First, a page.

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The Sorcery Code
on 4 October 2015
In his bid to make magic accessible to the common people, the sorcerer Blaise tries to create a sentient magical object. He is shocked when instead, he is faced with a beautiful young woman.
Treating magic like science; political court drama; and a war against the rebels - this sounds like my perfect book!
I couldn't even get half-way before I gave up.
I'll admit, I've persevered with much worse books, but I was just so plain bored, and there are so many other books demanding my attention right now.
So what went wrong?
The first thing I noticed about the narration and the characters is that it was all very smug. /Oh look how amazingly awesome we are. We are so much cleverer than everyone else! I'm just going to wallow in my own supreme beauty!/
I couldn't stand it. The book is shared between four narrators - Blaise, his ex-fiance Augusta, her new lover and army legend Barson, and the mysterious Gala. But there is no variation in tone, speech, thought, or level-of-smugness to distinguish between them. There wasn't a single character that I liked - well, ok, I sort of liked the two surrogate mother figures that live in the village, they were the only ones that stood out as real for me. But blink and you miss it.
The awesome magic:
A scientific breakdown of magic, with rules of logic etc, I am a big fan of - what can I say, I'm a geek. But The Sorcery Code just took all the fun out of magic. It was honestly so laboured, and the steps in creating a spell so slow, it's a wonder the rebels haven't run in, cut the sorcerer's head off, gone home for tea, and put their feet up.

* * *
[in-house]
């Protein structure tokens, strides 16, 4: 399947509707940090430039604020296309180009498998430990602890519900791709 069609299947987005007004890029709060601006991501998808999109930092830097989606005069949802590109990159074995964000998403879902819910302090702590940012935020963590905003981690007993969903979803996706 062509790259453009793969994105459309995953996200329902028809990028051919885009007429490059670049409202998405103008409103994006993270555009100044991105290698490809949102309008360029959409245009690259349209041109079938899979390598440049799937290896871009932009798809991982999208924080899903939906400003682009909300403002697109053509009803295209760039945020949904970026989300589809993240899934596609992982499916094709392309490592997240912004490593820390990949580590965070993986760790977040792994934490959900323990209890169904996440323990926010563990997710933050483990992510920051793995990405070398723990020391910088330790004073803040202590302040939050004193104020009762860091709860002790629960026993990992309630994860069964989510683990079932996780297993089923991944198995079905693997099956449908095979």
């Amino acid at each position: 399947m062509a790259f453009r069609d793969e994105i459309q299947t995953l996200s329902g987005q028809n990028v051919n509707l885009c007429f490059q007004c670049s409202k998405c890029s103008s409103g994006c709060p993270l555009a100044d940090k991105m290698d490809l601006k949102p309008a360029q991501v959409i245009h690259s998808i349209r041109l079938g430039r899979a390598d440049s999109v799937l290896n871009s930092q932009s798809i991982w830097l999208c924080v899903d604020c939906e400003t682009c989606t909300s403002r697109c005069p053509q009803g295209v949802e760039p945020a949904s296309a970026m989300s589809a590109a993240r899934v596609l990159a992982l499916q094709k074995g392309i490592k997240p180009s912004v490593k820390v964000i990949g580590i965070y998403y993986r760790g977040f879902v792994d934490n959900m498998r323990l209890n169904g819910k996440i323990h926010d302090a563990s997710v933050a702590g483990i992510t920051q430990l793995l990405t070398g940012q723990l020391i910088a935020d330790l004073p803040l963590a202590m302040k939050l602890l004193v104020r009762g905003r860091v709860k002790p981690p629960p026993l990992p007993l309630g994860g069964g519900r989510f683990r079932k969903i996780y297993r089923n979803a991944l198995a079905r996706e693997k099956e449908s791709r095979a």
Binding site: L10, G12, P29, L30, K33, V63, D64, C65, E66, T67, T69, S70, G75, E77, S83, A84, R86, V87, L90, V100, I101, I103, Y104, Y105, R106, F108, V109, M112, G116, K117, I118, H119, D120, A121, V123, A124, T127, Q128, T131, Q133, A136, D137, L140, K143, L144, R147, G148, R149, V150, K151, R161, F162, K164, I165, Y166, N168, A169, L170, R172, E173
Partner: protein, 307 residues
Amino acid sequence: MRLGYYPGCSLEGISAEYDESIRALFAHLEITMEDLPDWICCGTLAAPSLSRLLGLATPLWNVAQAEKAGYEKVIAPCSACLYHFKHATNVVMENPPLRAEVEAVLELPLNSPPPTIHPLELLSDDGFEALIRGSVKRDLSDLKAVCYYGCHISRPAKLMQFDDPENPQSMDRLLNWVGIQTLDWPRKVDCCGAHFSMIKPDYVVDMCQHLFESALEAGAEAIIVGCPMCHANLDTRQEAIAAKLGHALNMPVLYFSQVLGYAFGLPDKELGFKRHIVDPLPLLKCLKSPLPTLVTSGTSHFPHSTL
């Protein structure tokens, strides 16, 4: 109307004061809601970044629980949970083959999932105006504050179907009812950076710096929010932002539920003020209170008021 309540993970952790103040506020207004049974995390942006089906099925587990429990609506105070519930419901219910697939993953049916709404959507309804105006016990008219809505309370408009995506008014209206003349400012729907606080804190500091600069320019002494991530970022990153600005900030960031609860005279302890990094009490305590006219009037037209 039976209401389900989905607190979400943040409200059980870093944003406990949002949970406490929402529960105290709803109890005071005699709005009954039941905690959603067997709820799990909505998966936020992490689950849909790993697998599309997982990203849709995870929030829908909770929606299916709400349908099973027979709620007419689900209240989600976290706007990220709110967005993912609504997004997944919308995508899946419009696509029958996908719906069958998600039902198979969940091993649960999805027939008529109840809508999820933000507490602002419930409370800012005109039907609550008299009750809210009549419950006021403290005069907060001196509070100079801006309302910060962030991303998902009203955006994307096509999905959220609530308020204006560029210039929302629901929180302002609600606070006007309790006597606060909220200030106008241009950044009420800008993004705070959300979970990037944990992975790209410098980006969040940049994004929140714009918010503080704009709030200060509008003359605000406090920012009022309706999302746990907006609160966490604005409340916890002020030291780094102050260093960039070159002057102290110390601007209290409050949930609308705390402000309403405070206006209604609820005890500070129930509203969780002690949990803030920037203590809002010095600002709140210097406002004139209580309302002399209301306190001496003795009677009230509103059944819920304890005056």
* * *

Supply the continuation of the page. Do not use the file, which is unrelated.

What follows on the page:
Honestly, if there's got to be placement chanting, and word arrangement, forethought and ages of planning; I cannot see how magic is an advantage. Just take the first battle for example - Augusta plans to help her side win with magic. Even using a cheating short-cut she designed, she nearly screws it up.
The political drama:
There's some guy you don't trust *shiftyshifty*
Ok, this part was a little more promising, but couldn't pick me up out of the slump of pretty dresses and droning magic. There was nothing that particularly stood out.
Yeah... that was just a chance for Barson to play with his manly sword and show off how awesome he was. Ten commoners to one of him? Pfft, easy.
And a chance for Augusta to fly above the melee on her enchanted chaise longue (which if you're not sure, you can google it - in my opinion, it's the perfect representation of the book, being a bit pretentious and lacking any oomph. If you're wondering why I'm wasting my time discussing a piece of furniture for so long, I would say it is only fair - Augusta's chaise is mentioned as much as any plot or character).
... where was I? Oh yes, so Augusta is flying on her chaise, thinking how amazing her magic skills are that she could destroy the rebel army if she so desired. I didn't feel there was any danger, or threat against the awesomeness of their skills.
Anyways, I won't be continuing with the series, but the book is free, so you can check it out and decide for yourself.